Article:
By my count there are three times (including the sub-title) Commando Kelly uses the phrase "slow bleed" to characterize the Democrat's strategy. Here's an example:
So the Democrats may adopt what's been called the "slow bleed" strategy.While other members of the so-called liberal media have actively attributed the phrase to the Democrats, Kelly does not. Though carefully he doesn't actually say where the term comes from. It started here in an article at politico.com.
Top House Democrats, working in concert with anti-war groups, have decided against using congressional power to force a quick end to U.S. involvement in Iraq, and instead will pursue a slow-bleed strategy designed to gradually limit the administration's options.
The writer of that article, John Bresnahan, wrote in a subsequent article at the politico:
The Democratic plan was characterized in The Politico as the “slow-bleed strategy,” which was not a term used by any Democrats or the anti-war groups supporting their efforts.
The RNC, however, attributed the phrase to Democrats, and it was used in their e-mail alert.
And thus according to mediamatters.org, it then found its way onto GOP.com:
[The Democrats] call it their 'slow-bleed' plan.Say it ain't so! The GOP lying about something the Democrats (in this case did not) do?
Needless to say, the phrase "slow bleed" is in itself contentious. Especially when discussing soldiers and marines on the battlefield. Especially when it's been pumped up by the GOP (something, again Commando Kelly neglected to metion) The inclusion of the phrase is meant to spark disgust - and that's Kelly's point.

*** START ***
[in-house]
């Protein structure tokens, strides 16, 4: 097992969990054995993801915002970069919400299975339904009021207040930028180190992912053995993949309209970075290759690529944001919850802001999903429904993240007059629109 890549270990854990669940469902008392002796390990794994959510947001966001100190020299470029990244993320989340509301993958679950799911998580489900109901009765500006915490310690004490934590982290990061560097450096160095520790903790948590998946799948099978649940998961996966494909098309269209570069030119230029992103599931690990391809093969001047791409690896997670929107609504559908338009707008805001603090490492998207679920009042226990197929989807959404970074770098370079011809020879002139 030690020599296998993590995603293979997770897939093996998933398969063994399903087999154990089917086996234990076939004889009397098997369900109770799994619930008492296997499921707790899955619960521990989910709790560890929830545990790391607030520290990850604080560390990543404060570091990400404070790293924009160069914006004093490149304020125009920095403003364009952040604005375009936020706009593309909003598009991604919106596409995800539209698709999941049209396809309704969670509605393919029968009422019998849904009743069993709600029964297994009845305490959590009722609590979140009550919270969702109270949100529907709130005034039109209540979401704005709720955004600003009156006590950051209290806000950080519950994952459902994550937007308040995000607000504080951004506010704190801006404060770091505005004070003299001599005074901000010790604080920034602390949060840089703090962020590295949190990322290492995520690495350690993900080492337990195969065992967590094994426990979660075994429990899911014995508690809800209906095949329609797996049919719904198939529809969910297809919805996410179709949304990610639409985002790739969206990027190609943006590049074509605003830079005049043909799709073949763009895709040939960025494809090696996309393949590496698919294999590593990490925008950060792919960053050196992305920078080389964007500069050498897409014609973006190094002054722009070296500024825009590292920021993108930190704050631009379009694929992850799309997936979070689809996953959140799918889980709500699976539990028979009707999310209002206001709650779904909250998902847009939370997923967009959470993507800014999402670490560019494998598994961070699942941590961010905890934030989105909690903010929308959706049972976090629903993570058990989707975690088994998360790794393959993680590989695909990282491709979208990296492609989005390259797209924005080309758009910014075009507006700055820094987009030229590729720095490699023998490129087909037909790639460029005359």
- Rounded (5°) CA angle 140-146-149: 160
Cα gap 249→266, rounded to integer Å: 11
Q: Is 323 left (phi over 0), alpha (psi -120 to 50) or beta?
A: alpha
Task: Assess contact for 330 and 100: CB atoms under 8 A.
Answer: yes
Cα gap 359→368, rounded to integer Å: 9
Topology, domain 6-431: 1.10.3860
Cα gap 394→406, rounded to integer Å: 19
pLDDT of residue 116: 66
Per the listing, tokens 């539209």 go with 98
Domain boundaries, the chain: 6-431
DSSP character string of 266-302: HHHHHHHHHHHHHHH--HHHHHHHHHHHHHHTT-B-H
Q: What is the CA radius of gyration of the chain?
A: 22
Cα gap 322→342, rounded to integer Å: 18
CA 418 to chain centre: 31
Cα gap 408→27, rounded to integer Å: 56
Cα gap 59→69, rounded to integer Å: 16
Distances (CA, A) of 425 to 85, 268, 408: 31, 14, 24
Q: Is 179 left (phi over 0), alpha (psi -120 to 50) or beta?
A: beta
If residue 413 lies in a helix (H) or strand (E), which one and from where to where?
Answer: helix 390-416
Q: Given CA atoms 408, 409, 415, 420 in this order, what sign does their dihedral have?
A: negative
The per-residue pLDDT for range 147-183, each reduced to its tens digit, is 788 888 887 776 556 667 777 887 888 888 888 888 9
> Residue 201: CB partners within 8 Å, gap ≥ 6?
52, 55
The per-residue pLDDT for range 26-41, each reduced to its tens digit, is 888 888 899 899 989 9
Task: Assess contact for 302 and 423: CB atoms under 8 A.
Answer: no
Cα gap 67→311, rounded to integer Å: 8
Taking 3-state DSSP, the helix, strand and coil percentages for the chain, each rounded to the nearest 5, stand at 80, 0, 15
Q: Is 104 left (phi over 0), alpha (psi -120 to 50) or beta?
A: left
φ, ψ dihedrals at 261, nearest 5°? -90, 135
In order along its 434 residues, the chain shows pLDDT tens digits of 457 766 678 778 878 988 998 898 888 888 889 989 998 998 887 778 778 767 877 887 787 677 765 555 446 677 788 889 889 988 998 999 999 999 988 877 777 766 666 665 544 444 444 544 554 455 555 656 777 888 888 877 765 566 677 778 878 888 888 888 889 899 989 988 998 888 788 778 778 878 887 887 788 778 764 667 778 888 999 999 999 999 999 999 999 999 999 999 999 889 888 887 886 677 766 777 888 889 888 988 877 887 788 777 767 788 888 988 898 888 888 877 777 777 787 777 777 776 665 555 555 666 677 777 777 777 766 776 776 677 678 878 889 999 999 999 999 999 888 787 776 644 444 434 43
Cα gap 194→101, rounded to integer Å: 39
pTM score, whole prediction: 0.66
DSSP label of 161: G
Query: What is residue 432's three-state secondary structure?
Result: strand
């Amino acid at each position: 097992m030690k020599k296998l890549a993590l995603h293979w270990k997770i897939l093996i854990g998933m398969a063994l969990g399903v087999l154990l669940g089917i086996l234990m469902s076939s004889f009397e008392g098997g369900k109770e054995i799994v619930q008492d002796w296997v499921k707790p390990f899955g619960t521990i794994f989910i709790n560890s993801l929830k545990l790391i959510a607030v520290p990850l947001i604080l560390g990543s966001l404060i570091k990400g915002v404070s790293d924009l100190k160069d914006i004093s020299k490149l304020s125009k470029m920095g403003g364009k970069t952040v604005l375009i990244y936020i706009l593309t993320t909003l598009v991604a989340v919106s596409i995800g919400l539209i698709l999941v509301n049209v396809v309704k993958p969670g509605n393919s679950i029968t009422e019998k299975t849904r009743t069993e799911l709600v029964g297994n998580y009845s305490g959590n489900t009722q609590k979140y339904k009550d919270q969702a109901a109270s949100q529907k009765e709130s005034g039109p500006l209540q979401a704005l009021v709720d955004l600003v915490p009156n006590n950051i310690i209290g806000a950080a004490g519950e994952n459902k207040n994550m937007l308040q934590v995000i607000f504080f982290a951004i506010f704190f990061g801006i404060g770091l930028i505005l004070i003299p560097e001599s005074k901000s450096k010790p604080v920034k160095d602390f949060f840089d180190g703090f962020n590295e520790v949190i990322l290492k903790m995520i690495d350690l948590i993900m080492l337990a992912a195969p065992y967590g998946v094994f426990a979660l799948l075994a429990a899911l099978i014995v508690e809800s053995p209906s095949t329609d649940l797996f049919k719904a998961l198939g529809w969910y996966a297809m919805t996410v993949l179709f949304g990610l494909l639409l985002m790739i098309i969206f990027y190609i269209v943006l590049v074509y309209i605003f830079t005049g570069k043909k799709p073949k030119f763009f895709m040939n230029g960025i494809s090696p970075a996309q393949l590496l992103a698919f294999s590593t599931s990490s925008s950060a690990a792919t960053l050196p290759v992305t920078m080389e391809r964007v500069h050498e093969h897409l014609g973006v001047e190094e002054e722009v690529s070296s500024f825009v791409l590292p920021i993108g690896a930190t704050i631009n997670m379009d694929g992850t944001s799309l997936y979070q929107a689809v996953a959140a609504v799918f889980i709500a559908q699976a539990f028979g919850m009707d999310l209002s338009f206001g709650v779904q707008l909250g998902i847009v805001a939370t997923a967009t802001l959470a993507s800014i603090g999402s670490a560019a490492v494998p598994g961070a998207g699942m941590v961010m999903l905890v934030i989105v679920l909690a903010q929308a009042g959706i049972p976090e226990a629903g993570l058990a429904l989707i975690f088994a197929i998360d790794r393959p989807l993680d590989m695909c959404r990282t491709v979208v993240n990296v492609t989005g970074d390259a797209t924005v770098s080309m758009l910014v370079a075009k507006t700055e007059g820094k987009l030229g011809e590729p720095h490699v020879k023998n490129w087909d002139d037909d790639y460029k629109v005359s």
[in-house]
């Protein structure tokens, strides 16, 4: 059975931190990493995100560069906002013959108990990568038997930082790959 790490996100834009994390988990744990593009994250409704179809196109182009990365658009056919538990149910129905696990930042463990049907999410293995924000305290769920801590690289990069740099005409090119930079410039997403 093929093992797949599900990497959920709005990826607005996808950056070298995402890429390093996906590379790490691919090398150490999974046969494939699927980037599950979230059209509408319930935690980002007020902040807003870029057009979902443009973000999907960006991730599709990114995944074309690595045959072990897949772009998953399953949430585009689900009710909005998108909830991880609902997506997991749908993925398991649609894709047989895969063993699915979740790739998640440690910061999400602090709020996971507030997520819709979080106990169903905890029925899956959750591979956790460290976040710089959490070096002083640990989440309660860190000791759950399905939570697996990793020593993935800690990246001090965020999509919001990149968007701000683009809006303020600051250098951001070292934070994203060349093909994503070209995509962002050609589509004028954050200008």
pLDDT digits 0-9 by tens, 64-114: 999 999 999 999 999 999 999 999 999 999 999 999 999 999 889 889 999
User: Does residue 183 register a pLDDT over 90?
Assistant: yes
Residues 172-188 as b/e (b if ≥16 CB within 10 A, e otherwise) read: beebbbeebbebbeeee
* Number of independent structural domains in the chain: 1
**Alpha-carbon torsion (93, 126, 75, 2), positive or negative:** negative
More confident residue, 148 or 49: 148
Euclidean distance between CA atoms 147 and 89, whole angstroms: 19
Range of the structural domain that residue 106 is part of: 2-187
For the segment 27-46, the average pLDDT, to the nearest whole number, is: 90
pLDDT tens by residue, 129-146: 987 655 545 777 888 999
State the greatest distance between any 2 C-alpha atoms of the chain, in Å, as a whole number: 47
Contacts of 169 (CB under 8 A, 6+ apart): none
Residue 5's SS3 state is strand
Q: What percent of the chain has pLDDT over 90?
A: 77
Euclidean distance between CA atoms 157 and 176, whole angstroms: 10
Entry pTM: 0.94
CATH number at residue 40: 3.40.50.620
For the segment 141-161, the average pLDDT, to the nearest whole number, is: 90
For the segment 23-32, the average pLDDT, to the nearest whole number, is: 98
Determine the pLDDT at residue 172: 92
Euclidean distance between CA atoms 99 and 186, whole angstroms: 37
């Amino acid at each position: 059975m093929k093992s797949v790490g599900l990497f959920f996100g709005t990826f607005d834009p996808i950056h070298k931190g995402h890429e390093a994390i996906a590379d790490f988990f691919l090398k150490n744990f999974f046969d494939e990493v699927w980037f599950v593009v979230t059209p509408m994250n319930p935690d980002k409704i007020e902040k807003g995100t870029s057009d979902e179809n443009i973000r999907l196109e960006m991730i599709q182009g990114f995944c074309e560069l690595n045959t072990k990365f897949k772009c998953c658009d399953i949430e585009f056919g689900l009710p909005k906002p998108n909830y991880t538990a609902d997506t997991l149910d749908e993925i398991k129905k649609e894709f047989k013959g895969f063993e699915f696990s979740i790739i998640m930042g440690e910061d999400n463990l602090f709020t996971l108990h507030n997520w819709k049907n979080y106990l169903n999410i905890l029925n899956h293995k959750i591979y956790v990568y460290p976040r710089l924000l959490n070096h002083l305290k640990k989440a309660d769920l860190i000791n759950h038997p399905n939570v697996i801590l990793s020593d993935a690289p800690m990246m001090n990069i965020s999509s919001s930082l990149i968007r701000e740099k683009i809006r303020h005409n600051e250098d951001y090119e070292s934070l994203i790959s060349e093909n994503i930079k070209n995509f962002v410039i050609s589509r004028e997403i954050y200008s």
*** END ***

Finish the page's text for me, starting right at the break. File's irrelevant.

Nice rhetoric, Jack.
Then there's this:
Public Opinion Strategies of Alexandria, Va. surveyed 800 registered voters Feb. 5-7. By identical margins of 57-41 percent, those polled said Iraq was a key part of the war on terror and that U.S. troops should remain until "the job is done." By 56-43 percent, respondents said Americans should stand behind the president in Iraq because we are at war, and by 53-46 percent they said Democrats were going too far, too fast in pressing the president to withdraw troops.Luckily, we've already blogged on this "poll." Another pollster (a Republican, by the way) has gone on record saying that the questions in that poll were designed to elicit a specific response. In this case, "support dubya's war."
In any case, Public Opinion Strategies is hardly neutral. Take a look at what this polling company released the day after the GOP took a thumping in November. A good indication is the headline:
PUBLIC OPINION STRATEGIES MOURNS REPUBLICAN LOSSES, CONGRATULATES MANY INDIVIDUAL WINNERS IN TOUGH RACESNice going, Jack. Another great column.